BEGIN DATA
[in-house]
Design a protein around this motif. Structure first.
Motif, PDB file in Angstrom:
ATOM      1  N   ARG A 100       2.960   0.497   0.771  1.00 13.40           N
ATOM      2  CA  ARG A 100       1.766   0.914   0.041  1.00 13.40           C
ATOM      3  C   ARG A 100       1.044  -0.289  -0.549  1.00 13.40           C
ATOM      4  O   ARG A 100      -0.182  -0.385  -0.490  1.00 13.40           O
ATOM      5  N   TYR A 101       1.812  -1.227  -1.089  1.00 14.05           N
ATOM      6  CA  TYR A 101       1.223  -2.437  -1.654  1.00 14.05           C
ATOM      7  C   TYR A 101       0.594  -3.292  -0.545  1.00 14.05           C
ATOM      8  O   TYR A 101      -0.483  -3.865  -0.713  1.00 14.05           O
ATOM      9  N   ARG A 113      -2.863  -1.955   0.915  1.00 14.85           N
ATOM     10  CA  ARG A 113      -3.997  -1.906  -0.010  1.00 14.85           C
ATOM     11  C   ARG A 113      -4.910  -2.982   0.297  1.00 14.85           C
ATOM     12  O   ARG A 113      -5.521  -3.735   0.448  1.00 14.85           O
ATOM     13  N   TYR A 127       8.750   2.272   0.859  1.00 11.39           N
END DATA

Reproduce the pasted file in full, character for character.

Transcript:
[in-house]
Design a protein around this motif. Structure first.
Motif, PDB file in Angstrom:
ATOM      1  N   ARG A 100       2.960   0.497   0.771  1.00 13.40           N
ATOM      2  CA  ARG A 100       1.766   0.914   0.041  1.00 13.40           C
ATOM      3  C   ARG A 100       1.044  -0.289  -0.549  1.00 13.40           C
ATOM      4  O   ARG A 100      -0.182  -0.385  -0.490  1.00 13.40           O
ATOM      5  N   TYR A 101       1.812  -1.227  -1.089  1.00 14.05           N
ATOM      6  CA  TYR A 101       1.223  -2.437  -1.654  1.00 14.05           C
ATOM      7  C   TYR A 101       0.594  -3.292  -0.545  1.00 14.05           C
ATOM      8  O   TYR A 101      -0.483  -3.865  -0.713  1.00 14.05           O
ATOM      9  N   ARG A 113      -2.863  -1.955   0.915  1.00 14.85           N
ATOM     10  CA  ARG A 113      -3.997  -1.906  -0.010  1.00 14.85           C
ATOM     11  C   ARG A 113      -4.910  -2.982   0.297  1.00 14.85           C
ATOM     12  O   ARG A 113      -5.521  -3.735   0.448  1.00 14.85           O
ATOM     13  N   TYR A 127       8.750   2.272   0.859  1.00 11.39           N